A long-distance friend called last week. “How are you?”
I confess, I wanted to lie, “Oh fine, busy as usual but God is good, everything’s fine!” I believe the Spirit checked my words, and instead I said, “Not great, it’s been tough, really struggling this week.” That meant my seasonal depression had been activated again with the long dreary cold spell and other troubling issues had been interrupting my concentration during the day and my sleep at night. Anxiety had been stalking me like a lion stalks a deer.
Why did I not want to tell her that? What is it in us as Christians that feels the need to protect God’s reputation by denying our difficulties? Or, maybe it is denying my own weakness and hiding from myself what I don’t admit: anxiety, fear, discouragement, or a host of other unpleasant emotions can take me out without warning?
Is there a better way? How does believing in Immanuel help in these moments?
I find it interesting that denying emotion is not the pattern we see in Scripture. The Psalms are full of honest reports of fear, anger, disillusionment, doubt, discouragement, and even anxiety.
When my anxious thoughts multiply within me,
Your consolations delight my soul.
Not ‘if’ I have anxious thoughts – but when. It’s true. As I began thinking through these thoughts with a friend, I found anxiety becoming more of a battle. I could not shake it. In reality, this is part of our human experience. And while I recognize that the roots of anxiety can be discerned and repented of, there are two specific things that God used to comfort me as these anxious thoughts multiplied within me.
One of these I share this week – Psalm 23, “The Lord is my Shepherd.” Immanuel, a Good Shepherd (John 10) is with us. The imagery of shepherds is throughout Scripture, both good and bad examples (Ezekiel 34:11-16); but this Psalm seems to intimately express the shepherd’s heart that Immanuel has for his people.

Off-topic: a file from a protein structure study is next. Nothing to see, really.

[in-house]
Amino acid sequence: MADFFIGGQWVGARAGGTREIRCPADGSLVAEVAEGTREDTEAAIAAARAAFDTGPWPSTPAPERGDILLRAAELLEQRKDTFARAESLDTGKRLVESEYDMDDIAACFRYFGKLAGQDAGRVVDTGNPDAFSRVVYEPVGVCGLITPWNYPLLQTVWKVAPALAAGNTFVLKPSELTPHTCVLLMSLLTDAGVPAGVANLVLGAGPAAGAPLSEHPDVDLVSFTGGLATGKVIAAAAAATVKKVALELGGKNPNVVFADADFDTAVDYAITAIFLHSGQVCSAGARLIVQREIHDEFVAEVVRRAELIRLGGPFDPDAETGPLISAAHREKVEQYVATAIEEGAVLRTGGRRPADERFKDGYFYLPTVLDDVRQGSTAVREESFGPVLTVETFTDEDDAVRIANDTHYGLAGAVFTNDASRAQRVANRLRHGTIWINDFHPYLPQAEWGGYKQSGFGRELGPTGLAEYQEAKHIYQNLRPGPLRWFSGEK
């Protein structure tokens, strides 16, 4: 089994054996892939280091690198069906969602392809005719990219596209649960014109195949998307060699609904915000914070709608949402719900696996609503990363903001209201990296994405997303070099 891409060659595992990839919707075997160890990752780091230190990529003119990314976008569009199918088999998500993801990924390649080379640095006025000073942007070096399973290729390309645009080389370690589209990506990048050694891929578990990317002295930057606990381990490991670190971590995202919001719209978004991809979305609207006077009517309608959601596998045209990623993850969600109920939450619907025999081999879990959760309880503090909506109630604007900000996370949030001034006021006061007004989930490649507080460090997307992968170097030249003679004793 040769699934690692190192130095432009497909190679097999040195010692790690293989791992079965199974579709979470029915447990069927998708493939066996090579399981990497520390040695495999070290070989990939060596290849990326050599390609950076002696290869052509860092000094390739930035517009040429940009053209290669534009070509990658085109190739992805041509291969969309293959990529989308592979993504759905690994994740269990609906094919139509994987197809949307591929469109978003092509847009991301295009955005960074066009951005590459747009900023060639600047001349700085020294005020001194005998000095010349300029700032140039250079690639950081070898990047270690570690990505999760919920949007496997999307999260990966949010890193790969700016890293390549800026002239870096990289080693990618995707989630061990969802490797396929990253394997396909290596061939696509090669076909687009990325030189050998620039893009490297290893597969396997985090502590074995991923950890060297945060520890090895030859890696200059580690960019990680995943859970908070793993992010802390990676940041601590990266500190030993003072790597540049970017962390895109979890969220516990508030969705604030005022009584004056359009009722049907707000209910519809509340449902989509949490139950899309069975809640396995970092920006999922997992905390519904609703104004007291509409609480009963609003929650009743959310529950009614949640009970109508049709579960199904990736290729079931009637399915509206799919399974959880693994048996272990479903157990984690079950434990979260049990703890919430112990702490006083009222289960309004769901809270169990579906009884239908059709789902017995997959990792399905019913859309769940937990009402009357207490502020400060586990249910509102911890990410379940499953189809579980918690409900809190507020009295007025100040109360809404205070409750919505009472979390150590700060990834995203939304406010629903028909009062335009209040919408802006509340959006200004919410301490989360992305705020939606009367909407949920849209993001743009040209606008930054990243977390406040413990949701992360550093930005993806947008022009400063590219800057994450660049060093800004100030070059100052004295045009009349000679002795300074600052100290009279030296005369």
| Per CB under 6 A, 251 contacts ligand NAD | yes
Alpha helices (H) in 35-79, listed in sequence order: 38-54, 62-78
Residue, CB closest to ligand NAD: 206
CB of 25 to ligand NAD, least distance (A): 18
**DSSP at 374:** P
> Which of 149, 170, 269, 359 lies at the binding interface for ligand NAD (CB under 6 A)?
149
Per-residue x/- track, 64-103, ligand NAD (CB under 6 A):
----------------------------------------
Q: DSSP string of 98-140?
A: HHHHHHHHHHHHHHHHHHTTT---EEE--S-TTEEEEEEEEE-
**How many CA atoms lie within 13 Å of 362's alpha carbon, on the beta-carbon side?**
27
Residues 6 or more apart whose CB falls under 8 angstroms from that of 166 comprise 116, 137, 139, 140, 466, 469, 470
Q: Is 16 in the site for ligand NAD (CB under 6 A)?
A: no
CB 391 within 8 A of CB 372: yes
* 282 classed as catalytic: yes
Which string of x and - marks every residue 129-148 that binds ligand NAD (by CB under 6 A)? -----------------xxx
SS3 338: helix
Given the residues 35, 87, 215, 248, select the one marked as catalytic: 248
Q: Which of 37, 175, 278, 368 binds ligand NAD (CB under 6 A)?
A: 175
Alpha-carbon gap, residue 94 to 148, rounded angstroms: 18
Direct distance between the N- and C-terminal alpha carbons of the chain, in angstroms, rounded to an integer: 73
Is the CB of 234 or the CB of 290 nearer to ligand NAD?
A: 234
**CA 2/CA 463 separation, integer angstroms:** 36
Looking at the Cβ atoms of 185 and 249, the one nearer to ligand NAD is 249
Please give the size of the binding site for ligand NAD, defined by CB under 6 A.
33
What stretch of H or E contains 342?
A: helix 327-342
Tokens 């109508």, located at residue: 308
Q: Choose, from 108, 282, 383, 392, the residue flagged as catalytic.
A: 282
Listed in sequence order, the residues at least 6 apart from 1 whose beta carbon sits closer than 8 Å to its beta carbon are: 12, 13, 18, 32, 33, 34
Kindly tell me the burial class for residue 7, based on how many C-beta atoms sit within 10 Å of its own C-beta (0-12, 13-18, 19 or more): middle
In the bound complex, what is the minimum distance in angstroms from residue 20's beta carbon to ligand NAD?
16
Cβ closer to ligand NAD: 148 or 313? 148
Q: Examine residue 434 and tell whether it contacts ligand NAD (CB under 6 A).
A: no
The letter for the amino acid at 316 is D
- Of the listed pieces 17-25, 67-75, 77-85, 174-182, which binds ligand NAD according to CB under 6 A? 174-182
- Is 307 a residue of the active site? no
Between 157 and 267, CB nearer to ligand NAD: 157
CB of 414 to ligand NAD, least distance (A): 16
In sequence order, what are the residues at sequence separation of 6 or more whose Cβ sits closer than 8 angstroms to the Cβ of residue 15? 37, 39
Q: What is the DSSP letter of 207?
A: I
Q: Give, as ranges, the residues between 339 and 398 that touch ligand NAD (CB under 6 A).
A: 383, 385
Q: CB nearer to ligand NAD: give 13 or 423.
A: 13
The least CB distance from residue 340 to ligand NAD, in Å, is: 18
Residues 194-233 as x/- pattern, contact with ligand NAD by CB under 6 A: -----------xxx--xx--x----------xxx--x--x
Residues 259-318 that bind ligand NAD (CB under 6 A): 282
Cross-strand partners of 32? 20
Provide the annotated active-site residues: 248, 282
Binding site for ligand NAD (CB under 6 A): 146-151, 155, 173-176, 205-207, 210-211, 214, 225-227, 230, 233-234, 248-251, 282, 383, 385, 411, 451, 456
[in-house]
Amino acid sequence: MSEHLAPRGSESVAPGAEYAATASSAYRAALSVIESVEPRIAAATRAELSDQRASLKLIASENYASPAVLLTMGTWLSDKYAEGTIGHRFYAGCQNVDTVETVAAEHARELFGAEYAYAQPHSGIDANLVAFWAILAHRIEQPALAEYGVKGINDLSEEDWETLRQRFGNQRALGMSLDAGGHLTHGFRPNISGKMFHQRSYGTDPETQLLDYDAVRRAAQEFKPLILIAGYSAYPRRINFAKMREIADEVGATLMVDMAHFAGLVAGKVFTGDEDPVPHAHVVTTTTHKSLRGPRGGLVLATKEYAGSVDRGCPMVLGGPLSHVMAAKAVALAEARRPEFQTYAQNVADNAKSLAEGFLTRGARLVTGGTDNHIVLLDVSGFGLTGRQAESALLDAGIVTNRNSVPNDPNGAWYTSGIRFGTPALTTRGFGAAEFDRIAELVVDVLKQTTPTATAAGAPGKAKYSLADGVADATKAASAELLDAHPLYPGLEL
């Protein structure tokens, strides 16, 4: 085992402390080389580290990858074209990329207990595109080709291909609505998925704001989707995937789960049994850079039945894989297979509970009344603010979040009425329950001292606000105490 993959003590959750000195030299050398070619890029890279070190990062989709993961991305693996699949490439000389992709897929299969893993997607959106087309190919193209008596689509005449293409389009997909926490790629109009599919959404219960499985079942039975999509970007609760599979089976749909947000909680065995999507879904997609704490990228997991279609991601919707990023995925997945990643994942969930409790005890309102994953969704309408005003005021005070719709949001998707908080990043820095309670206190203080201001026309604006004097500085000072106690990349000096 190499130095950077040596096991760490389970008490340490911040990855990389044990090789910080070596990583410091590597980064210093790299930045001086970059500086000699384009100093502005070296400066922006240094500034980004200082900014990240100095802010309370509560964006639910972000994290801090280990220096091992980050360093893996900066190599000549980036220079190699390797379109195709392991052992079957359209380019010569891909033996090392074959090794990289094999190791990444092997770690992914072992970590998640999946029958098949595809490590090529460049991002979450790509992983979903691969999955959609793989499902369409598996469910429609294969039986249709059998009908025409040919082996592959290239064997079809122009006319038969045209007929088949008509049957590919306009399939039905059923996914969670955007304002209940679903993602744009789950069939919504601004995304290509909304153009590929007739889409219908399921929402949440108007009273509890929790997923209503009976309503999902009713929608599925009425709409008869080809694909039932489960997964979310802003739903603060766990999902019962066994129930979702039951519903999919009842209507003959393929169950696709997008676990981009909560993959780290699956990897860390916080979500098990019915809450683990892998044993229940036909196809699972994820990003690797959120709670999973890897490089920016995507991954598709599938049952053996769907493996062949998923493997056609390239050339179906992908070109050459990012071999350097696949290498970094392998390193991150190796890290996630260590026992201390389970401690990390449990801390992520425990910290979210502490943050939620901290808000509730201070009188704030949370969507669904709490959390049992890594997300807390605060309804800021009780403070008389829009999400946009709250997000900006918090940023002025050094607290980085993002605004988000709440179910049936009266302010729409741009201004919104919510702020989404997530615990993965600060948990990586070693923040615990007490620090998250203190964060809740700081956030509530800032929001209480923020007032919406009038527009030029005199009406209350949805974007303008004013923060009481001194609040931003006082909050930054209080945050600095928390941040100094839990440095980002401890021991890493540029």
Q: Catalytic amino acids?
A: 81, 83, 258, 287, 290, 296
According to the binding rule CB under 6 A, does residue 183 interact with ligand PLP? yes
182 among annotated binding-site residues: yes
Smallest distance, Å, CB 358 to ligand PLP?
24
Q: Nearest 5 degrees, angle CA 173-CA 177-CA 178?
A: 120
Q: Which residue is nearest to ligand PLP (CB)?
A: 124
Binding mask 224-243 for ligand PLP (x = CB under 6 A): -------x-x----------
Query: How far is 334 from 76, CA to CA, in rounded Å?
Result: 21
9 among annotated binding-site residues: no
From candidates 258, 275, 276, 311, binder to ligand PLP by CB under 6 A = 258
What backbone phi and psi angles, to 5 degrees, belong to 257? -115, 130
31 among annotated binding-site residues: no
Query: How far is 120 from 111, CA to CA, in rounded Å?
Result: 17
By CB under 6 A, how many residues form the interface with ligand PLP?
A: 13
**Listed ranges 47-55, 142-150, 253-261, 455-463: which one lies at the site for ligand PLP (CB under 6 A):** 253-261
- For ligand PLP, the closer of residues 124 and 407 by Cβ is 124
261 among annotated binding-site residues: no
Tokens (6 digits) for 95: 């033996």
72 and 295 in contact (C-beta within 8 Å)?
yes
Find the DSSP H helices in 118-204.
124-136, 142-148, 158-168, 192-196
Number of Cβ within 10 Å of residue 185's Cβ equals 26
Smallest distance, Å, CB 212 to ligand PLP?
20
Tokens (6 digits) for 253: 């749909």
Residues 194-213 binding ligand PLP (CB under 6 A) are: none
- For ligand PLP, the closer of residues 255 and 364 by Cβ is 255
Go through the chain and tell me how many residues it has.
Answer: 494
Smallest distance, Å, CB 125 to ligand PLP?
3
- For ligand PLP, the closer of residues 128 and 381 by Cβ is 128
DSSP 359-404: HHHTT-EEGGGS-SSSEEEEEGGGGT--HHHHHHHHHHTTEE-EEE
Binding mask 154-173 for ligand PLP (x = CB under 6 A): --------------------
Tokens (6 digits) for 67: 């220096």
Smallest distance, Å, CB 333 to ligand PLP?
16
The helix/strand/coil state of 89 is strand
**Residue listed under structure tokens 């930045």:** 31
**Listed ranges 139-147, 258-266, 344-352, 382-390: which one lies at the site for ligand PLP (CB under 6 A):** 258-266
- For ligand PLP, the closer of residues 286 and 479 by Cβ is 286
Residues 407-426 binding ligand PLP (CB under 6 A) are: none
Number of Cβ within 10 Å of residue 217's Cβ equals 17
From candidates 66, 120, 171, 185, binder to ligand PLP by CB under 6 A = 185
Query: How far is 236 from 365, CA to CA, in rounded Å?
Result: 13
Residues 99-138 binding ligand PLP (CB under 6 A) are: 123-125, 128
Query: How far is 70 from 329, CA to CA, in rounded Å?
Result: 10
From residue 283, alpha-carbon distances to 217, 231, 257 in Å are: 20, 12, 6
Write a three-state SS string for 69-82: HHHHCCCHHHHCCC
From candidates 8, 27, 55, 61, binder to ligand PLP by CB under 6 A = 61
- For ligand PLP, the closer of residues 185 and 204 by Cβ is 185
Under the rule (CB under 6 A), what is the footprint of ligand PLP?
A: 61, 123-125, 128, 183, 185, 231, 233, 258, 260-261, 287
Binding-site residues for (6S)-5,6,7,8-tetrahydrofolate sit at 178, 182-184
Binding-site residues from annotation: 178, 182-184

Immanuel, the Good Shepherd cares well for his sheep. I specifically meditated on Psalm 23:2:
“He makes me lie down in green pastures”
One author I read recently says,
“The interpretation of ‘he makes me lie down’ in Psalm 23 can lead us into a story of either punishment or peace… The Greek translation of the Old Testament uses the word kataskenoo in this passage, which can be translated as ‘rest’ or ‘settle down.’”
I do not know Greek, but what a beautiful picture! In his book, “A Shepherd Looks at Psalm 23” Phillip Keller notes that sheep are restless creatures. They will wander incessantly without the presence of their shepherd. It is the physical presence of their shepherd that causes them to settle down and rest. Their enemies may still be lurking, but with the shepherd present they are consoled, unalarmed, and settled.
How does believing Immanuel is with us change the experience of anxiety and all our other unsettling, disquieting emotions? First, because He is present with me, I can acknowledge the truth of what is going on in my heart like David does throughout the Psalms. Then, calling out to my Good Shepherd, the one who knows me intimately, I allow His presence to settle my soul, even if the enemies do not disappear.
Pondering this, my prayers changed from “Lord, please help me not be anxious!” to “Immanuel – you are with me, please settle me down in Your green pastures.” I may have to cry out to Him this way persistently throughout the day (and night). But He does it, He is faithful! Rest came. He is Immanuel-Our Good Shepherd.
And instead of trying to protect God’s reputation, I told my friend the truth; life is hard, I am struggling, but I am also choosing to trust God to be with me even in the hard.
Immanuel, We confess we are such restless creatures by nature. We need a Shepherd who knows our weaknesses and our needs who has power over our enemies. Help us walk in the knowledge and assurance of your presence. You are our Good Shepherd! Console us with your presence and settle our hearts. We trust that you give what is good, even while enemies stalk. Thank you for being with us always. ~Amen
Photo by Luke Stackpoole on Unsplash
 Ramsey, K.J. (2022). The Lord Is My Courage. Zondervan